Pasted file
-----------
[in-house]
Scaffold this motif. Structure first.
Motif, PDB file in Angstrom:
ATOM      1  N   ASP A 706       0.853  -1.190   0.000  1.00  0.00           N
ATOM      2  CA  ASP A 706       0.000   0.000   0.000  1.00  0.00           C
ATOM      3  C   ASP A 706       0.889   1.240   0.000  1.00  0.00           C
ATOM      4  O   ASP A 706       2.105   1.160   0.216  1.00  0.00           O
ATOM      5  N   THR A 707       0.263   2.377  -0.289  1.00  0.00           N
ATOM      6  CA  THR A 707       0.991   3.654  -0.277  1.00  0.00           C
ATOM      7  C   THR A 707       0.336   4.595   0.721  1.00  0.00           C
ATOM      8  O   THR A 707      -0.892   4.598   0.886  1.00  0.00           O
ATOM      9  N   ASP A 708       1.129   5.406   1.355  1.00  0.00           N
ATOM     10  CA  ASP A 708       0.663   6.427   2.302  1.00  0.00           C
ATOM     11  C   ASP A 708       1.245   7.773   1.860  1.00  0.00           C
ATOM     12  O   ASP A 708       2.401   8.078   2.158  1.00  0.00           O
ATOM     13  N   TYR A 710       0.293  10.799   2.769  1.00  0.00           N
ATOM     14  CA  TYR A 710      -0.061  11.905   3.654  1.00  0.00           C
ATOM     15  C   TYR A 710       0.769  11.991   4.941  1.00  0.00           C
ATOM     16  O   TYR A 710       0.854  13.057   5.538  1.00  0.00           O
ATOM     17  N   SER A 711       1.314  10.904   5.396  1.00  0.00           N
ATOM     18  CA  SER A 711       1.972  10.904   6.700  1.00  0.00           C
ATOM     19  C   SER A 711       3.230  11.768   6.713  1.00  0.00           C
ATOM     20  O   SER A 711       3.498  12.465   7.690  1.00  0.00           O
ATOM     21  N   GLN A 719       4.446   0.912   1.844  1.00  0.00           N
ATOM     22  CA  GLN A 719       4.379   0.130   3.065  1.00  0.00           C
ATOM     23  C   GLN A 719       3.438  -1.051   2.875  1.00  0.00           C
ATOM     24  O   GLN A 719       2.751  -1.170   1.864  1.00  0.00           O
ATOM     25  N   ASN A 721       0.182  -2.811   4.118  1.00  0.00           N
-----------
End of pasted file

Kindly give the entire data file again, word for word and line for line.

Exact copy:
[in-house]
Scaffold this motif. Structure first.
Motif, PDB file in Angstrom:
ATOM      1  N   ASP A 706       0.853  -1.190   0.000  1.00  0.00           N
ATOM      2  CA  ASP A 706       0.000   0.000   0.000  1.00  0.00           C
ATOM      3  C   ASP A 706       0.889   1.240   0.000  1.00  0.00           C
ATOM      4  O   ASP A 706       2.105   1.160   0.216  1.00  0.00           O
ATOM      5  N   THR A 707       0.263   2.377  -0.289  1.00  0.00           N
ATOM      6  CA  THR A 707       0.991   3.654  -0.277  1.00  0.00           C
ATOM      7  C   THR A 707       0.336   4.595   0.721  1.00  0.00           C
ATOM      8  O   THR A 707      -0.892   4.598   0.886  1.00  0.00           O
ATOM      9  N   ASP A 708       1.129   5.406   1.355  1.00  0.00           N
ATOM     10  CA  ASP A 708       0.663   6.427   2.302  1.00  0.00           C
ATOM     11  C   ASP A 708       1.245   7.773   1.860  1.00  0.00           C
ATOM     12  O   ASP A 708       2.401   8.078   2.158  1.00  0.00           O
ATOM     13  N   TYR A 710       0.293  10.799   2.769  1.00  0.00           N
ATOM     14  CA  TYR A 710      -0.061  11.905   3.654  1.00  0.00           C
ATOM     15  C   TYR A 710       0.769  11.991   4.941  1.00  0.00           C
ATOM     16  O   TYR A 710       0.854  13.057   5.538  1.00  0.00           O
ATOM     17  N   SER A 711       1.314  10.904   5.396  1.00  0.00           N
ATOM     18  CA  SER A 711       1.972  10.904   6.700  1.00  0.00           C
ATOM     19  C   SER A 711       3.230  11.768   6.713  1.00  0.00           C
ATOM     20  O   SER A 711       3.498  12.465   7.690  1.00  0.00           O
ATOM     21  N   GLN A 719       4.446   0.912   1.844  1.00  0.00           N
ATOM     22  CA  GLN A 719       4.379   0.130   3.065  1.00  0.00           C
ATOM     23  C   GLN A 719       3.438  -1.051   2.875  1.00  0.00           C
ATOM     24  O   GLN A 719       2.751  -1.170   1.864  1.00  0.00           O
ATOM     25  N   ASN A 721       0.182  -2.811   4.118  1.00  0.00           N